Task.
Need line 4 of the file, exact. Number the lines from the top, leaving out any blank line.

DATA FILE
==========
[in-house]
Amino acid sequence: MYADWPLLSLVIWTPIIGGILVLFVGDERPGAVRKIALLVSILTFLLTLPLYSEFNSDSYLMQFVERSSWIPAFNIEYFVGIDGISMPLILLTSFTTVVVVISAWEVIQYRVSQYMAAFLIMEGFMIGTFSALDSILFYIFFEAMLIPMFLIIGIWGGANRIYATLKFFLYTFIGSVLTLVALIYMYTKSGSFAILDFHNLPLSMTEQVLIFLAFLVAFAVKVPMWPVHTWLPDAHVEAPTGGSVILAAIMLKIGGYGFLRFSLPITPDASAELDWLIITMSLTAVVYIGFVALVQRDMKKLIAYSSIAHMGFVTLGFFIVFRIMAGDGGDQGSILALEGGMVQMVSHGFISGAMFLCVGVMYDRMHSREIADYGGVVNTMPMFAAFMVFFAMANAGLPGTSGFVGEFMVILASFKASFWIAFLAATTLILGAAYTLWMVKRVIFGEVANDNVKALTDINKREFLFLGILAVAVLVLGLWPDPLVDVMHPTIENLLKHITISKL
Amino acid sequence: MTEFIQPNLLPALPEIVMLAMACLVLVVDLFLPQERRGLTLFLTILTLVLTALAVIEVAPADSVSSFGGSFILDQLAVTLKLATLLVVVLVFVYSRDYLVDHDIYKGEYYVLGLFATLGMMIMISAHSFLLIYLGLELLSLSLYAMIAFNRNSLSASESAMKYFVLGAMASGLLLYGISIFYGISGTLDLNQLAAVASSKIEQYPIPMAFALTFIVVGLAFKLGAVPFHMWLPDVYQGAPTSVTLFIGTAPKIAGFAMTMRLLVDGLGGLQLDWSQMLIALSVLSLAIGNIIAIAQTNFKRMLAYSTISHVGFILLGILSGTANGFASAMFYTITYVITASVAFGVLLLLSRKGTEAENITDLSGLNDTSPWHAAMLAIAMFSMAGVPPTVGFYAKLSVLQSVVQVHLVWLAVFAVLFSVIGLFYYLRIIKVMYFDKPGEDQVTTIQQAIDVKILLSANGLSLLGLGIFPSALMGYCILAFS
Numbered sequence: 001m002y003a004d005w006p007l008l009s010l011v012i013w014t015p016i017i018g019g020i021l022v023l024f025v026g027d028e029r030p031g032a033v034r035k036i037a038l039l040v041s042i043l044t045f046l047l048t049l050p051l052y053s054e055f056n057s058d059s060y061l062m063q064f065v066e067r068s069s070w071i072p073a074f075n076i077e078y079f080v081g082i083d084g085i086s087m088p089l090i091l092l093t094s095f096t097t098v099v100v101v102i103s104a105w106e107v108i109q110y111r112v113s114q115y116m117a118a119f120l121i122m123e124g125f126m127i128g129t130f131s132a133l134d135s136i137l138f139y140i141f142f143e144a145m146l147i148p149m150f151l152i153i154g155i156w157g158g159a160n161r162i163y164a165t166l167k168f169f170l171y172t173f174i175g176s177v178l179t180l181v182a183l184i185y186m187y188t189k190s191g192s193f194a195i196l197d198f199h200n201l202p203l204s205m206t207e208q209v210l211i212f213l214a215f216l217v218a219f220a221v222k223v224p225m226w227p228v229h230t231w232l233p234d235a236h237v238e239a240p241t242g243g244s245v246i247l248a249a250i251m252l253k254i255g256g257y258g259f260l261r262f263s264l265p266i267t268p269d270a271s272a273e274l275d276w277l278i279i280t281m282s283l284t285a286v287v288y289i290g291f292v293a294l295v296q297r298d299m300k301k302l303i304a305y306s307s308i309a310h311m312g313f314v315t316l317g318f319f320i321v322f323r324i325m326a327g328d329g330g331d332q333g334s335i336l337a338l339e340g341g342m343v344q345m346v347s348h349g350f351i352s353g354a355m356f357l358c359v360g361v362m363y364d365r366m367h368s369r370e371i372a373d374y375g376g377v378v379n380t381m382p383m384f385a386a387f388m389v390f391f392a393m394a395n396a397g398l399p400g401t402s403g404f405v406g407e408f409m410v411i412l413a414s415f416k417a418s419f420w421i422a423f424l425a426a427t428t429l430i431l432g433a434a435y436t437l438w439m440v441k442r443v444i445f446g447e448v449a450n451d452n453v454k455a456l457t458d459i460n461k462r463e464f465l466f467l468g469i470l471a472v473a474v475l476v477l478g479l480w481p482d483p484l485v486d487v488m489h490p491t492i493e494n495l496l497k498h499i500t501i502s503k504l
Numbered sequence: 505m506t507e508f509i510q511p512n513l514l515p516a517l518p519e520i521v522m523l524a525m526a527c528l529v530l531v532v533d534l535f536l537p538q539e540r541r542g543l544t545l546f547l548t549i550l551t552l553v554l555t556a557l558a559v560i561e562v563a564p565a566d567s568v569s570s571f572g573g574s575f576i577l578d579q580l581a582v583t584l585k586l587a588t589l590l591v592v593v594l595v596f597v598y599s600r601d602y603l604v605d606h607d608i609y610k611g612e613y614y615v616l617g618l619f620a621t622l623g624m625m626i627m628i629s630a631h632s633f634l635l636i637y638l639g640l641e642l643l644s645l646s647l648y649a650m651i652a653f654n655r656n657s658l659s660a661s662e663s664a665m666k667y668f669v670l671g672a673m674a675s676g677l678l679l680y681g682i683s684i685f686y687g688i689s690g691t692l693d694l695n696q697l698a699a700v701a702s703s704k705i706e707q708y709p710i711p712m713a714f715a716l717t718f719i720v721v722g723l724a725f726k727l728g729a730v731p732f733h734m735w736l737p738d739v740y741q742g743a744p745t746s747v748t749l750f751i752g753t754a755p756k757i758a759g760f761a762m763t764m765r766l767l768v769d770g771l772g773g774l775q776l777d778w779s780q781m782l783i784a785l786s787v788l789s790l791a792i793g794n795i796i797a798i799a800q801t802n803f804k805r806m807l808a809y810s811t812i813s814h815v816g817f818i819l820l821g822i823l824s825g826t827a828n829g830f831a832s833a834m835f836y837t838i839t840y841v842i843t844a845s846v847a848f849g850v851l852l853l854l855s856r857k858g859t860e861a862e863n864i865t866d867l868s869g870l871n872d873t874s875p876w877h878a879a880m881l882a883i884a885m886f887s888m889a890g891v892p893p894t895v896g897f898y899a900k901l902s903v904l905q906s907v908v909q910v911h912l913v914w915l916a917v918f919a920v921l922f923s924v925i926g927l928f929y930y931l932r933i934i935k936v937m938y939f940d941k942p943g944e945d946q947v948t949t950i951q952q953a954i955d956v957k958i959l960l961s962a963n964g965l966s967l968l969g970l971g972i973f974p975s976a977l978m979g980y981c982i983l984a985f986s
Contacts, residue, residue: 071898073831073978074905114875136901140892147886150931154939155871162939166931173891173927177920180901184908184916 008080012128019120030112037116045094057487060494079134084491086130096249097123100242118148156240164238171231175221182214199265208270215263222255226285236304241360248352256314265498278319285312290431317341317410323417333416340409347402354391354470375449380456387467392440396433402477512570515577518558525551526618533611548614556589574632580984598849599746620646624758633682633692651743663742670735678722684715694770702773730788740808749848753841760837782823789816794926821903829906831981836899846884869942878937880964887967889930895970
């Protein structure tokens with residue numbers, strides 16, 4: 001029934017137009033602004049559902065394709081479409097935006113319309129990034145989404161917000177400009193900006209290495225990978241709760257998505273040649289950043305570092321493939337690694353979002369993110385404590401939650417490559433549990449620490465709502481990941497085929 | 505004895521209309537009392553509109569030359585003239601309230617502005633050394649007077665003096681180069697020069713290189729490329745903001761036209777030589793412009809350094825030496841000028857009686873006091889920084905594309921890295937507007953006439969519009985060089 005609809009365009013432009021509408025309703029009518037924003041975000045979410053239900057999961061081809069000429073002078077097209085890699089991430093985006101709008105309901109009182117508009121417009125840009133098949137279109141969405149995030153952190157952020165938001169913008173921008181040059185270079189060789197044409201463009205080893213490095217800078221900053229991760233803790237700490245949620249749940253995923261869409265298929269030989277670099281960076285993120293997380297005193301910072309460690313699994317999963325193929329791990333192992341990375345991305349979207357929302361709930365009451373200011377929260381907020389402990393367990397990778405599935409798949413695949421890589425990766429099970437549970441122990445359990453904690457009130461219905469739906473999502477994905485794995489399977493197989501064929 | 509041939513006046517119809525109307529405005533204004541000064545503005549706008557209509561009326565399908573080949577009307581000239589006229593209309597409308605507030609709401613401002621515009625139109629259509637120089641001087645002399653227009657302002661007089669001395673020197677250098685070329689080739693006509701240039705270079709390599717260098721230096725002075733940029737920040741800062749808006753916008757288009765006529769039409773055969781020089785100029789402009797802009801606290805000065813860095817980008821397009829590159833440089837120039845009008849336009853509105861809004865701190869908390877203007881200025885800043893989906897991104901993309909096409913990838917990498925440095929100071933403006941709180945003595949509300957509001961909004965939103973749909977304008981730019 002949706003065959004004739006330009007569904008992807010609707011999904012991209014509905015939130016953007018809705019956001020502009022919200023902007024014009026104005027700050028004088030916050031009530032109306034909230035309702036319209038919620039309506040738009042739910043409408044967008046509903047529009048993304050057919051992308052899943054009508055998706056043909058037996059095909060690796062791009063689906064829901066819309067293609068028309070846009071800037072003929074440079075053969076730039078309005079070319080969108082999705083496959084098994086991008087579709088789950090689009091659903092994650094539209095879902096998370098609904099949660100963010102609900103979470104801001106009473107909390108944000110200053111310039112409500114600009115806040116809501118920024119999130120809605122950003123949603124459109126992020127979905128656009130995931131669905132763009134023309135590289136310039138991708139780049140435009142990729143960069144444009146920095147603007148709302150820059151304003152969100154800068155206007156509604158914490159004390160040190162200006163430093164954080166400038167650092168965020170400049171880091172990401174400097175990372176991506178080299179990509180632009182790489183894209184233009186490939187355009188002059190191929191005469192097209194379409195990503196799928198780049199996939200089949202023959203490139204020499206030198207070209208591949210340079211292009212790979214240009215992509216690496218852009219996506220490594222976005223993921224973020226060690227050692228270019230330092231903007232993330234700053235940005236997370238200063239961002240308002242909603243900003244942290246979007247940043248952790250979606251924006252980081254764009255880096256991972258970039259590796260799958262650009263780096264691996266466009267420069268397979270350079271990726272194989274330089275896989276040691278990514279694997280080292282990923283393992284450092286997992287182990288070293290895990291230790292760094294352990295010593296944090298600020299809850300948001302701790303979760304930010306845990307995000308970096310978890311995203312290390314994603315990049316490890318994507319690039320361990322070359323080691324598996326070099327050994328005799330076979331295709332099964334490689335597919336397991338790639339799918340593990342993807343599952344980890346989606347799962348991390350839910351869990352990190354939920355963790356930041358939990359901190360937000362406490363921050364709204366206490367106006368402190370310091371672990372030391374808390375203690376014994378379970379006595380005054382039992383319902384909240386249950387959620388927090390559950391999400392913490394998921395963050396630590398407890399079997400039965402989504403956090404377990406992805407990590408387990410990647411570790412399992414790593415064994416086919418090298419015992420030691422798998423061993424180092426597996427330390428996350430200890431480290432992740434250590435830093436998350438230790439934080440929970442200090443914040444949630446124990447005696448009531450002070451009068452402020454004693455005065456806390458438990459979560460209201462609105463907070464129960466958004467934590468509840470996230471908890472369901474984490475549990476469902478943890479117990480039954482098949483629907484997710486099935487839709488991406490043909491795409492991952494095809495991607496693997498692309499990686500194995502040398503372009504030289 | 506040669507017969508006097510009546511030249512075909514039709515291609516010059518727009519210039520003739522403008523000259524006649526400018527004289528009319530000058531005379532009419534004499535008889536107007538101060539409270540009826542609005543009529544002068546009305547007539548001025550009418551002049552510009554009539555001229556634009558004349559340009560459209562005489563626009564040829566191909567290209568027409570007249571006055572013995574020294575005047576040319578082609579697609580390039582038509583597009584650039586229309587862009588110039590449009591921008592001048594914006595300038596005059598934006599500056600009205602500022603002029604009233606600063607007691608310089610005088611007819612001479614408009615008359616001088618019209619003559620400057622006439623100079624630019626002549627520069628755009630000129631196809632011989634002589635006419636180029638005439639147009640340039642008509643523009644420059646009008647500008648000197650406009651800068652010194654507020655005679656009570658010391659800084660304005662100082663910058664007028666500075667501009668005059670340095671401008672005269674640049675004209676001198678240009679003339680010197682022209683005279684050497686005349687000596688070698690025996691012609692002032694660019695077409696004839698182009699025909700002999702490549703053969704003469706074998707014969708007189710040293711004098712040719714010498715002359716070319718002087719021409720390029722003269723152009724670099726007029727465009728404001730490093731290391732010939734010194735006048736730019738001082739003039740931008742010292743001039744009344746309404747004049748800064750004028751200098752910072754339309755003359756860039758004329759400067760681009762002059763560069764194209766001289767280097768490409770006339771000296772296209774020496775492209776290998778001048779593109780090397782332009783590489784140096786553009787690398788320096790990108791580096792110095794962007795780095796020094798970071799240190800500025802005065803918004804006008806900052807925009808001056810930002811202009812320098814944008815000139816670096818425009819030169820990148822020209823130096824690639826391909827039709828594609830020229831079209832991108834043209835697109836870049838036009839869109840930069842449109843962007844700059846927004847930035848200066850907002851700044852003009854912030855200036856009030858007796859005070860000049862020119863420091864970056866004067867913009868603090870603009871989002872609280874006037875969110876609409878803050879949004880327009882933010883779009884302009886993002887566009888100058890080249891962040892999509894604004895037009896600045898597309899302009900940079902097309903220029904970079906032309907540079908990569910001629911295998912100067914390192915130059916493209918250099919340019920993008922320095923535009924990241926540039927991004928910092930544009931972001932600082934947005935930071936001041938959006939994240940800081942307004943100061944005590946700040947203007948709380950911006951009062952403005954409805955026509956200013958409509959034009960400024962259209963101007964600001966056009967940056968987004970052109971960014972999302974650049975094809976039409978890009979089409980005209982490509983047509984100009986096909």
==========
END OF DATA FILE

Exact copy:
Numbered sequence: 001m002y003a004d005w006p007l008l009s010l011v012i013w014t015p016i017i018g019g020i021l022v023l024f025v026g027d028e029r030p031g032a033v034r035k036i037a038l039l040v041s042i043l044t045f046l047l048t049l050p051l052y053s054e055f056n057s058d059s060y061l062m063q064f065v066e067r068s069s070w071i072p073a074f075n076i077e078y079f080v081g082i083d084g085i086s087m088p089l090i091l092l093t094s095f096t097t098v099v100v101v102i103s104a105w106e107v108i109q110y111r112v113s114q115y116m117a118a119f120l121i122m123e124g125f126m127i128g129t130f131s132a133l134d135s136i137l138f139y140i141f142f143e144a145m146l147i148p149m150f151l152i153i154g155i156w157g158g159a160n161r162i163y164a165t166l167k168f169f170l171y172t173f174i175g176s177v178l179t180l181v182a183l184i185y186m187y188t189k190s191g192s193f194a195i196l197d198f199h200n201l202p203l204s205m206t207e208q209v210l211i212f213l214a215f216l217v218a219f220a221v222k223v224p225m226w227p228v229h230t231w232l233p234d235a236h237v238e239a240p241t242g243g244s245v246i247l248a249a250i251m252l253k254i255g256g257y258g259f260l261r262f263s264l265p266i267t268p269d270a271s272a273e274l275d276w277l278i279i280t281m282s283l284t285a286v287v288y289i290g291f292v293a294l295v296q297r298d299m300k301k302l303i304a305y306s307s308i309a310h311m312g313f314v315t316l317g318f319f320i321v322f323r324i325m326a327g328d329g330g331d332q333g334s335i336l337a338l339e340g341g342m343v344q345m346v347s348h349g350f351i352s353g354a355m356f357l358c359v360g361v362m363y364d365r366m367h368s369r370e371i372a373d374y375g376g377v378v379n380t381m382p383m384f385a386a387f388m389v390f391f392a393m394a395n396a397g398l399p400g401t402s403g404f405v406g407e408f409m410v411i412l413a414s415f416k417a418s419f420w421i422a423f424l425a426a427t428t429l430i431l432g433a434a435y436t437l438w439m440v441k442r443v444i445f446g447e448v449a450n451d452n453v454k455a456l457t458d459i460n461k462r463e464f465l466f467l468g469i470l471a472v473a474v475l476v477l478g479l480w481p482d483p484l485v486d487v488m489h490p491t492i493e494n495l496l497k498h499i500t501i502s503k504l